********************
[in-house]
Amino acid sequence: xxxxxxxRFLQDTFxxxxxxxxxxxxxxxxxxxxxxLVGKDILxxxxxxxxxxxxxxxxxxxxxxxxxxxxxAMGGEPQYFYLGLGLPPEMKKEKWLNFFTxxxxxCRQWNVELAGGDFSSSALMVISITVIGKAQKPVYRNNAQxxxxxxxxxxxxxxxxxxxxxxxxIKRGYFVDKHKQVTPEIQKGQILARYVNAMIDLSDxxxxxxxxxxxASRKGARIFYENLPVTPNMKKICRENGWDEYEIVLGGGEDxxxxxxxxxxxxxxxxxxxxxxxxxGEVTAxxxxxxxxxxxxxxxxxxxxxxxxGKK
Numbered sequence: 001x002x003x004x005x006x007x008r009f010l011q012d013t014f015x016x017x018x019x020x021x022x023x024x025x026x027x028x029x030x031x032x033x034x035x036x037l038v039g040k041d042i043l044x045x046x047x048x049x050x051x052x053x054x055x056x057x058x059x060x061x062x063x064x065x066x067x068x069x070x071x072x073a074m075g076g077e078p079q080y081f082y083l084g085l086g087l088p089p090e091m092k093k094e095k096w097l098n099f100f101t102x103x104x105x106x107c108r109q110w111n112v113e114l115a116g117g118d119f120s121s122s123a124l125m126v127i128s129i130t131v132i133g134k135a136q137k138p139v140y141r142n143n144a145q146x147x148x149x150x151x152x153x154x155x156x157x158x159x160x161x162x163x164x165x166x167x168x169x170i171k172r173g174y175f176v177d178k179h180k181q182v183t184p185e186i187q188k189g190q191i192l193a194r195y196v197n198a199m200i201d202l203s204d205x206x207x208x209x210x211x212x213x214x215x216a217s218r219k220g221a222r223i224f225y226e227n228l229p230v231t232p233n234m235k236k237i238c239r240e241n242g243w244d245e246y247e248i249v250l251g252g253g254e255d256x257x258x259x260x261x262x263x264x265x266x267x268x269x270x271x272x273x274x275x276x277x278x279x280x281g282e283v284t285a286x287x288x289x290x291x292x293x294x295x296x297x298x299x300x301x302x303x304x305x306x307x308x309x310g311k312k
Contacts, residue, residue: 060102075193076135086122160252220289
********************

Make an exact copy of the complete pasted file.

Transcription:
[in-house]
Amino acid sequence: xxxxxxxRFLQDTFxxxxxxxxxxxxxxxxxxxxxxLVGKDILxxxxxxxxxxxxxxxxxxxxxxxxxxxxxAMGGEPQYFYLGLGLPPEMKKEKWLNFFTxxxxxCRQWNVELAGGDFSSSALMVISITVIGKAQKPVYRNNAQxxxxxxxxxxxxxxxxxxxxxxxxIKRGYFVDKHKQVTPEIQKGQILARYVNAMIDLSDxxxxxxxxxxxASRKGARIFYENLPVTPNMKKICRENGWDEYEIVLGGGEDxxxxxxxxxxxxxxxxxxxxxxxxxGEVTAxxxxxxxxxxxxxxxxxxxxxxxxGKK
Numbered sequence: 001x002x003x004x005x006x007x008r009f010l011q012d013t014f015x016x017x018x019x020x021x022x023x024x025x026x027x028x029x030x031x032x033x034x035x036x037l038v039g040k041d042i043l044x045x046x047x048x049x050x051x052x053x054x055x056x057x058x059x060x061x062x063x064x065x066x067x068x069x070x071x072x073a074m075g076g077e078p079q080y081f082y083l084g085l086g087l088p089p090e091m092k093k094e095k096w097l098n099f100f101t102x103x104x105x106x107c108r109q110w111n112v113e114l115a116g117g118d119f120s121s122s123a124l125m126v127i128s129i130t131v132i133g134k135a136q137k138p139v140y141r142n143n144a145q146x147x148x149x150x151x152x153x154x155x156x157x158x159x160x161x162x163x164x165x166x167x168x169x170i171k172r173g174y175f176v177d178k179h180k181q182v183t184p185e186i187q188k189g190q191i192l193a194r195y196v197n198a199m200i201d202l203s204d205x206x207x208x209x210x211x212x213x214x215x216a217s218r219k220g221a222r223i224f225y226e227n228l229p230v231t232p233n234m235k236k237i238c239r240e241n242g243w244d245e246y247e248i249v250l251g252g253g254e255d256x257x258x259x260x261x262x263x264x265x266x267x268x269x270x271x272x273x274x275x276x277x278x279x280x281g282e283v284t285a286x287x288x289x290x291x292x293x294x295x296x297x298x299x300x301x302x303x304x305x306x307x308x309x310g311k312k
Contacts, residue, residue: 060102075193076135086122160252220289